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After ISU, strength coach finds his way to NFL’s Rams

J. Aggabao works with a player

Illinois State alum J. Aggabao, M.S. ’13, is an assistant strength coach with the St. Louis Rams. (Courtesy of the Rams)

J. Aggabao, M.S. ’13, knew it wasn’t going to be easy to land his dream job as a strength and conditioning coach in the NFL.

But that goal got more attainable in winter 2013, when Aggabao was a graduate student in Illinois State’s exercise physiology program. That’s when ISU alum Jeff Friday, M.S. ’92, returned to campus to meet students and talk about his 16-year career as an NFL strength coach, including a 2000 Super Bowl win with the Baltimore Ravens.

For Aggabao, his chat with Friday in a campus weight room was inspiring.

“It showed me, if he can do it, I can do it too,” Aggabao said. “It really helped boost my confidence.”

Today, Aggabao is an assistant strength coach with the St. Louis Rams, an elite job that’s exactly as cool as it sounds and way more data-driven than you can imagine. He’s now in his second season with the team, after successfully turning a yearlong internship into a full-time job—one of only 80 in the league—in March 2014.

His time at Illinois State—including the Friday visit—was instrumental in reaching the NFL, but so was the journey that took him to Normal.

Aggabao grew up on Guam before moving to the U.S. in 1997. After the September 11 terror attacks, he joined the Navy and served for five years. It was in the Navy where he started to really lift weights, later turning that budding interest into an undergraduate degree in kinesiology and movement studies from Washington State.

J. Aggabao works with a player

J. Aggabao works with a player in the Rams locker room. (Courtesy of the Rams)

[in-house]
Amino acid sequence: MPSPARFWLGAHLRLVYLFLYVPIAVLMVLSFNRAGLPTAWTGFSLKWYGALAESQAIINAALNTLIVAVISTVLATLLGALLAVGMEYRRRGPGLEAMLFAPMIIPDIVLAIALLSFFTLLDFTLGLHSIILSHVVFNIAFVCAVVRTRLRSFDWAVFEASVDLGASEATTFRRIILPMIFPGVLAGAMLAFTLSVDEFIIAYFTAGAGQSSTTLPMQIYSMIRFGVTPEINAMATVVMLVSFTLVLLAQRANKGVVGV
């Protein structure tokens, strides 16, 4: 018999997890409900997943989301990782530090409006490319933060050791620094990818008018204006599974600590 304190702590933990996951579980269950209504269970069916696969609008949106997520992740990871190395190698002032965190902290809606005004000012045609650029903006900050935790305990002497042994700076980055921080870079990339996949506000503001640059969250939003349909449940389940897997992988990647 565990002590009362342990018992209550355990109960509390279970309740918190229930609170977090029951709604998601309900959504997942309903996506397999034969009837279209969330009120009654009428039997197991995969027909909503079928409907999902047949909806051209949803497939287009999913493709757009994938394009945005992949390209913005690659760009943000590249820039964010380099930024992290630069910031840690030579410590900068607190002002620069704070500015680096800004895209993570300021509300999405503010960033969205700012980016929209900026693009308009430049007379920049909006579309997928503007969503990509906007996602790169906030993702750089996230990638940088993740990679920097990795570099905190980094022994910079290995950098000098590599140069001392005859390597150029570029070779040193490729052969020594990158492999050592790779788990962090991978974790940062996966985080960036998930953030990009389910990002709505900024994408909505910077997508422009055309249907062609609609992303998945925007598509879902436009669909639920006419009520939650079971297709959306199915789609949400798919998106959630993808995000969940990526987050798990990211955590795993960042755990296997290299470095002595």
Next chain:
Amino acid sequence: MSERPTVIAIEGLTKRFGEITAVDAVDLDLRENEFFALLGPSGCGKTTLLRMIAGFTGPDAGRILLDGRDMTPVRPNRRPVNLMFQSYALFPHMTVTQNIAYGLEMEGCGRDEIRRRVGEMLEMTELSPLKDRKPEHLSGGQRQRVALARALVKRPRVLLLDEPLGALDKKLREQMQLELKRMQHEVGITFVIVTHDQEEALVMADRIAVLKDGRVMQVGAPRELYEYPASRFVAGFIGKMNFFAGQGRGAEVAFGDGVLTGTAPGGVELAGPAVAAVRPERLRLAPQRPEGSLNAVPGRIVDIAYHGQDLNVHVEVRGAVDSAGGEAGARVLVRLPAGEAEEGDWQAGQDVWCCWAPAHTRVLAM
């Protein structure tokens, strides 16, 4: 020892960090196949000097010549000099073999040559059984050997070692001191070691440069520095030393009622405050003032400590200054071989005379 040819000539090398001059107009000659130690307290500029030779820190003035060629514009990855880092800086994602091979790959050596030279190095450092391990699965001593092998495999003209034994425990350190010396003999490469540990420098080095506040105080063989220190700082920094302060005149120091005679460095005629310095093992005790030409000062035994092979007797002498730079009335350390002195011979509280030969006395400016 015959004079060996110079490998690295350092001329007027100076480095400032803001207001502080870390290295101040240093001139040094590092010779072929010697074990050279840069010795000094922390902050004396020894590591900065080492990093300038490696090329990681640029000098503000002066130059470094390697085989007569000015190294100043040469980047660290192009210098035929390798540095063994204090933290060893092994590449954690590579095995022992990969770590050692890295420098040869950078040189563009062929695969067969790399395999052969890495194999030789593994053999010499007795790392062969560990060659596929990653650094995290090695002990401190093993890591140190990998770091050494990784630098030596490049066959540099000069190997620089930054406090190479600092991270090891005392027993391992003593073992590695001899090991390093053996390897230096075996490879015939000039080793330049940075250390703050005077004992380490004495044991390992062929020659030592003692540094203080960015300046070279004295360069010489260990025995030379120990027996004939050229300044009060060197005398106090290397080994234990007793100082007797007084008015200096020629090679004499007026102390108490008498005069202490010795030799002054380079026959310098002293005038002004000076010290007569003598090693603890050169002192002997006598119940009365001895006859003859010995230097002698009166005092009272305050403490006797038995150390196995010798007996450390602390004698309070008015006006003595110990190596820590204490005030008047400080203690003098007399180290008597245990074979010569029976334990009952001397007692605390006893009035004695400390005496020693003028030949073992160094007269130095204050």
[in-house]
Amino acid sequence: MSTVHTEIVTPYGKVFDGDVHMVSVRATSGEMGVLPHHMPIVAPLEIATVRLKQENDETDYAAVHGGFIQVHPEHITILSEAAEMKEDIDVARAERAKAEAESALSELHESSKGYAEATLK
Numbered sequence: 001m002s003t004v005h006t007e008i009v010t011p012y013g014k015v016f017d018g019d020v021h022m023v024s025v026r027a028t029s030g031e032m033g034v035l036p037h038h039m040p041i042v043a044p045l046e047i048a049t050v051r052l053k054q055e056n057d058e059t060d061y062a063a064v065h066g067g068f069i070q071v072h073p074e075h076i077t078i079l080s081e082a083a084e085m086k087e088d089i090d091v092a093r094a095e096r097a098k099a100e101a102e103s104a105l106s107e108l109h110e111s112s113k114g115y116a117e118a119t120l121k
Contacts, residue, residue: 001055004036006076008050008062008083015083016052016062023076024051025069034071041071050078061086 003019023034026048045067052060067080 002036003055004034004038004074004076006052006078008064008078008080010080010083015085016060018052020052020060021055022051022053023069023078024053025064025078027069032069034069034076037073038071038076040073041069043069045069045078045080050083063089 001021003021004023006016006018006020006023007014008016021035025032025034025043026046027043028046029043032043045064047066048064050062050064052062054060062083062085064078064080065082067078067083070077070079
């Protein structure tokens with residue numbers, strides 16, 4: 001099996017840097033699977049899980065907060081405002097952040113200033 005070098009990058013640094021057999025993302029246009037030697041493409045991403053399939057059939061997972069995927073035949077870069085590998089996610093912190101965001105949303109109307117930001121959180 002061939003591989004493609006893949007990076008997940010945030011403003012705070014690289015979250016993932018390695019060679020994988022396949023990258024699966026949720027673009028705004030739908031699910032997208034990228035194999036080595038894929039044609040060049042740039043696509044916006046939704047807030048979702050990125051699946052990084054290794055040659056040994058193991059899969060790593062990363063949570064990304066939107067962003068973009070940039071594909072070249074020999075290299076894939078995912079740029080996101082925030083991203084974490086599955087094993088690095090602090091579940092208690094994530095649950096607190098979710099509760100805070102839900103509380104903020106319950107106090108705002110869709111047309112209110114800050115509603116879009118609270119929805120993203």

For his master’s, Aggabao chose Illinois State because of the School of Kinesiology and Recreation’s well-regarded graduate assistantships. After arriving at ISU as a nontraditional student in 2011, Aggabao’s GA position made him an assistant strength and conditioning coach for football, men’s and women’s basketball, track and field, and gymnastics.

“Being involved with so many different sports made me a better coach,” said Aggabao, now 34. “Each athlete has their different needs and approaches. It helped speed up the learning process.”

As graduation neared, Aggabao began cold-calling a half-dozen NFL strength coaches, asking for a gig. Eventually, one called back—Rock Gullickson, the Rams’ head strength coach. He got the internship in March 2013.

So how’d he do it? Aggabao credits his education in the exercise physiology program for exposing him to the latest research and technology being used by professional strength coaches, as well as the industry connections of ISU faculty and staff such as Jim Lathrop, the director of strength and conditioning for the Redbirds.

Aggabao also brought to the table some real life experience and maturity—all traced back to his Navy days.

“I never played collegiate football,” Aggabao said. “When I’m talking to players about different things, sometimes I’ll use examples from my military career. The players buy into that.”

Now in the middle of the NFL season, Aggabao works seven days a week, mostly in the weight room with players.

His day-to-day job is not what some people expect, Aggabao says. Every day, he puts his statistical skills to use on a data-driven player report that’s shared with Head Coach Jeff Fisher and his staff.

“When you say you’re a strength coach, some people think we’re just a bunch of meatheads,” he said. “What most people don’t realize is there’s a lot of science and statistical analysis that goes into what we do on a daily basis.”

Aggabao returned to Illinois State in September, while the Rams were on a bye week, to watch the Redbird football team defeat Austin Peay and visit with the coaching staff and players.

“I know this is a very rare job to obtain,” he said. “I feel really fortunate to be here.”

Ryan Denham can be reached at rmdenha@IllinoisState.edu.

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